Recently, my colleague Heiko from the Product Management and I had the opportunity to give a Design Thinking workshop during the Jenaer Unternehmenstage at the Friedrich Schiller University. There, students had the chance to get to know various (local) companies and benefit from their experience and expertise, as well as to put into practice their previously acquired knowledge.
Design Thinking – a human-centred approach to solving every kind of complex problem
The great thing about our workshop was, that Design Thinking really fits to every context, every knowledge level, every professional background, and every kind of complex problem. The productivity of this method derives from a structured approach, subdivided into six phases, which puts the user needs in the focus of the development of innovative ideas. Everyone can benefit from this method, may it be during a roadmap process to identify new features, to create a new onboarding process during a hackathon, or – as in this case – in the context of the university.
Fail early and often, and dare to be wild!
Unlike in other seminars or lectures at the university, in our workshop we encouraged the students to make mistakes and to just try out new approaches. The premise of Design Thinking is to fail early and often, to just do, instead of endless contemplations – because this is how you learn the most.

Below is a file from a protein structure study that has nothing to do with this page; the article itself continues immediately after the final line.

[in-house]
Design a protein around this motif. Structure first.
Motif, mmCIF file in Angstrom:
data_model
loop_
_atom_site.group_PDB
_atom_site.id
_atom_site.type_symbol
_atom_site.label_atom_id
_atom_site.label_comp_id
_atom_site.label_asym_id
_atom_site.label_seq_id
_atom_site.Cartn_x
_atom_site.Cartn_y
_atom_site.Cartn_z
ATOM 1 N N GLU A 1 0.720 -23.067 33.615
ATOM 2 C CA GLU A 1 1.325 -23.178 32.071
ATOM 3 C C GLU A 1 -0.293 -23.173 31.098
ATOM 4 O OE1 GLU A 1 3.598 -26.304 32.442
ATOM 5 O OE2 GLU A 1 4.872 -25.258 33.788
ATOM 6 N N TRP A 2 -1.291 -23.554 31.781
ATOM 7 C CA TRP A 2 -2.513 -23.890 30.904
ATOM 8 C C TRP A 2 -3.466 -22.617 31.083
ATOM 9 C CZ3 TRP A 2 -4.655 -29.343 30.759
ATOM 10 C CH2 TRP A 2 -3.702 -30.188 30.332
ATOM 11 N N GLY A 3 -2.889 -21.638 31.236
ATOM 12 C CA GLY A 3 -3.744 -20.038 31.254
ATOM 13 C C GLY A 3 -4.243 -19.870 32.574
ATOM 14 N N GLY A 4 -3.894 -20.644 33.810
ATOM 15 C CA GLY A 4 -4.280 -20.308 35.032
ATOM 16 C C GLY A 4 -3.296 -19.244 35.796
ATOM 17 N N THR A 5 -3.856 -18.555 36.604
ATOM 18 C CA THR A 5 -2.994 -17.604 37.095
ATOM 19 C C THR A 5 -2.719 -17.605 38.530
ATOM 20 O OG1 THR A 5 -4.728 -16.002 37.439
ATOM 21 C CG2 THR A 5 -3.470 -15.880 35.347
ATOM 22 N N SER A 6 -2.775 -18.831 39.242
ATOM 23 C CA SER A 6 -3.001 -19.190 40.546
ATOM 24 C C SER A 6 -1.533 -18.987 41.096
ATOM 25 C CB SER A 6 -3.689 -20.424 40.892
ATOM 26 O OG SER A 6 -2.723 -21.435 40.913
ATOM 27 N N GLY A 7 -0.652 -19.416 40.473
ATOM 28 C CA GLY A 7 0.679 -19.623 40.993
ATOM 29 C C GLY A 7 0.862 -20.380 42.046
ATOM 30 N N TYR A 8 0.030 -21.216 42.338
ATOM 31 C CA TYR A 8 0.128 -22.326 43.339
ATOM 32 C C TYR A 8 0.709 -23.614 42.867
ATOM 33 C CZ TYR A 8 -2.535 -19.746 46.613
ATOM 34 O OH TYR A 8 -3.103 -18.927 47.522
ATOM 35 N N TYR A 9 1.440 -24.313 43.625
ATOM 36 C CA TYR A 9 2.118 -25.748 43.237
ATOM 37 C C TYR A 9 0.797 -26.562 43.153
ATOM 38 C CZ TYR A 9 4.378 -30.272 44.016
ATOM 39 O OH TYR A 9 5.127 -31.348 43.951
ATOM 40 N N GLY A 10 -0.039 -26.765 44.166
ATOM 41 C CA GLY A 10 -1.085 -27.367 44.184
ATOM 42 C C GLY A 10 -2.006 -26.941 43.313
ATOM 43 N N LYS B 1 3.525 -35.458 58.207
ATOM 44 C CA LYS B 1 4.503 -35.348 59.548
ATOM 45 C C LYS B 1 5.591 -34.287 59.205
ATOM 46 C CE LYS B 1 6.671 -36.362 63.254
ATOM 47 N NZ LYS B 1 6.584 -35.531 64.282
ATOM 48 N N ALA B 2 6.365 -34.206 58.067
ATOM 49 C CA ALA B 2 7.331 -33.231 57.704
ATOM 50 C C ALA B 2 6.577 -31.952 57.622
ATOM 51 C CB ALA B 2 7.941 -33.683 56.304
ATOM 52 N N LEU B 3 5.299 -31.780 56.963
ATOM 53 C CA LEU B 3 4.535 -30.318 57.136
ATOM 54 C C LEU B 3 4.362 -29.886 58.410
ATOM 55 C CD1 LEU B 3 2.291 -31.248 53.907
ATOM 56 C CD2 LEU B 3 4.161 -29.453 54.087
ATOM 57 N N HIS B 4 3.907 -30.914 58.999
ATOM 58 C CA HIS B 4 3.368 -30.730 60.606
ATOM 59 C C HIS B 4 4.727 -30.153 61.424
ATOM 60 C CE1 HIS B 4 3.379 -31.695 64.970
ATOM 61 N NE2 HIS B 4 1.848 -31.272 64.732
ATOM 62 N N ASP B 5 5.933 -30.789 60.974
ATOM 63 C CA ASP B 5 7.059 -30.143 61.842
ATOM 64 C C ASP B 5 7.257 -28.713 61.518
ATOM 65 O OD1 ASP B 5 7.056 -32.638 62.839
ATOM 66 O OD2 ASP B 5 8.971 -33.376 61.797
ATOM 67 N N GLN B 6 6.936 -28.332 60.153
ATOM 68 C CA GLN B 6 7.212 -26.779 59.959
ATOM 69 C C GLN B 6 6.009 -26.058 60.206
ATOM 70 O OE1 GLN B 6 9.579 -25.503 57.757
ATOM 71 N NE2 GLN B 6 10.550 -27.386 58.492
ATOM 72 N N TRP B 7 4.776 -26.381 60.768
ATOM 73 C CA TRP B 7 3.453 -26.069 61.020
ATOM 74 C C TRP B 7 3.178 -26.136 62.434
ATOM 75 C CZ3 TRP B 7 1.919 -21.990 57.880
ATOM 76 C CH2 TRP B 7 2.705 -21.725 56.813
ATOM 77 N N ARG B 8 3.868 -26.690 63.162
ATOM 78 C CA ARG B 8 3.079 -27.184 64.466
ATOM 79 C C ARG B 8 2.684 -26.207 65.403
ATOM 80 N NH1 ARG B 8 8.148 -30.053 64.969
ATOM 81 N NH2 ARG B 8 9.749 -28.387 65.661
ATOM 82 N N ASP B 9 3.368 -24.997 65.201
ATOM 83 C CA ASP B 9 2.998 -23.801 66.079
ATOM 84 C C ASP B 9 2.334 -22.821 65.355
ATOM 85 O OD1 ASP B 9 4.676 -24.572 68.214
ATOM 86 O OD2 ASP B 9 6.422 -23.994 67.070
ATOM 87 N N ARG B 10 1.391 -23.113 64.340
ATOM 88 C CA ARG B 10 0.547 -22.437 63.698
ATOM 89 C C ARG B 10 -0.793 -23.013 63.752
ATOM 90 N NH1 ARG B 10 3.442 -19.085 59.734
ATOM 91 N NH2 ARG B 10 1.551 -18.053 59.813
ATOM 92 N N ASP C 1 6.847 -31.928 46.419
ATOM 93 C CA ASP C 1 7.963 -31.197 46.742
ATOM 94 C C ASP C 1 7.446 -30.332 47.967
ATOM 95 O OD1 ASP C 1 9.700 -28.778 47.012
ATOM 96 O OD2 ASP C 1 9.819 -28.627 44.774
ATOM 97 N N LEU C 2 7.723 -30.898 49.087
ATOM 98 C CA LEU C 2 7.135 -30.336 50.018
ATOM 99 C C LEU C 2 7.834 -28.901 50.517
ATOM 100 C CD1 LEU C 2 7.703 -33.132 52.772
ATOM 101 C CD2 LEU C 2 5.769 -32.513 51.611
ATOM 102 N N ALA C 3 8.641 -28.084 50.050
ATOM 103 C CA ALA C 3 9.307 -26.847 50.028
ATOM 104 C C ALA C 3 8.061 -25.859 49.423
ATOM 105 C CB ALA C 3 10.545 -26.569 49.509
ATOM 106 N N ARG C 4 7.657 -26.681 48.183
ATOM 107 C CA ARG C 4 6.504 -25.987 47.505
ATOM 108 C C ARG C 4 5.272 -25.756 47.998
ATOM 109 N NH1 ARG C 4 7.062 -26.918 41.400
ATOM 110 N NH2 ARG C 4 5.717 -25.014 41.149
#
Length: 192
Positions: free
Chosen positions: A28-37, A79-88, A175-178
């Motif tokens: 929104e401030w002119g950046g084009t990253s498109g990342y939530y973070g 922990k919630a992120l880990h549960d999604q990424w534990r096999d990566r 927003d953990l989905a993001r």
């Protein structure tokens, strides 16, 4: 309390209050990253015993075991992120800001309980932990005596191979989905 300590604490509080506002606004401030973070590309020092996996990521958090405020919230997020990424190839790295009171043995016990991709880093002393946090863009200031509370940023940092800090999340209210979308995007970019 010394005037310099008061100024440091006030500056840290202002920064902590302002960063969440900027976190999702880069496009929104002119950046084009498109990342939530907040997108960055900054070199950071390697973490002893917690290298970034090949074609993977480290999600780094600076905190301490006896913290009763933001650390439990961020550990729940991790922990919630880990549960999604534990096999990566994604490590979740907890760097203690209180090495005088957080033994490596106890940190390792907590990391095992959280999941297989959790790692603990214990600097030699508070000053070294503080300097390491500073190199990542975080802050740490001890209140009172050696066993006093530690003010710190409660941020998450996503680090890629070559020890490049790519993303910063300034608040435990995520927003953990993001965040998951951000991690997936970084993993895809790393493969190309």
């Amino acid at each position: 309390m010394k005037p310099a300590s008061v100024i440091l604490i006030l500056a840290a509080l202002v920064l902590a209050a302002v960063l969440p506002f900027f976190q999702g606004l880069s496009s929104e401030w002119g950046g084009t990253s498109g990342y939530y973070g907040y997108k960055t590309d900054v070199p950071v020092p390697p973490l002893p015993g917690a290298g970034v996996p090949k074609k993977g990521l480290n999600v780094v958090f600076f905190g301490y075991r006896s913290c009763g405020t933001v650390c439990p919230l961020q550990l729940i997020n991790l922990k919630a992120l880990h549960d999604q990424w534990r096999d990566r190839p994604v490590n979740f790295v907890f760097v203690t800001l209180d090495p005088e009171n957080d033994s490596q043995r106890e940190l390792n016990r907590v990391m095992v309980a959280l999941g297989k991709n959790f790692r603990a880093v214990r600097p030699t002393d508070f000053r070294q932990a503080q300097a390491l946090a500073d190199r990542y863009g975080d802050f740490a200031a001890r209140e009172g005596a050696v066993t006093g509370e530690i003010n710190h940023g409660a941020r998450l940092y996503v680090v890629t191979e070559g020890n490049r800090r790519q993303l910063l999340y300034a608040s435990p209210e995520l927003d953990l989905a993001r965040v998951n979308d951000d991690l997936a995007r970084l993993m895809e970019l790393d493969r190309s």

With these principles in mind, we started to work on the following design challenge: how can the process of borrowing books in the university’s library be improved?
Since this problem was very realistic to the workshop’s participants, they could immediately contribute their own experiences, interview other students, and observe the process in reality, or try out the library’s app on their own.
Only after 4 hours of workshop session they came up with the great and innovative idea of integrating a map system to the library’s app, which navigates the students to the right library (in Jena we have various libraries for different disciplines), and helps the students find the book on the right bookshelf in the appropriate stock. As demonstrated in the prototype for the inhouse navigation * , first the right level is shown (1), then the relevant bookshelf is displayed (2), and even the exact place where the book is stored is highlighted (3).
Take aways of the workshop
The participation was really great, and due to the small group of only 10 attendees, everyone could contribute their ideas. One of the biggest learnings of the students was, that Design Thinking is a step-by-step process. You cannot just skip one phase by assuming that you already know what the user needs, and coming up with an idea too early. Instead, it’s important to take your time at the beginning to understand the problem in depth and put yourself in the position of the user.
What we as moderators definitely want to improve is the timeframe of the workshop: we noticed that 4 hours is just too short to go through all the 6 phases from understanding the design challenge to prototyping and testing. Next time, we will plan with at least one day. Maybe you want to join? 😉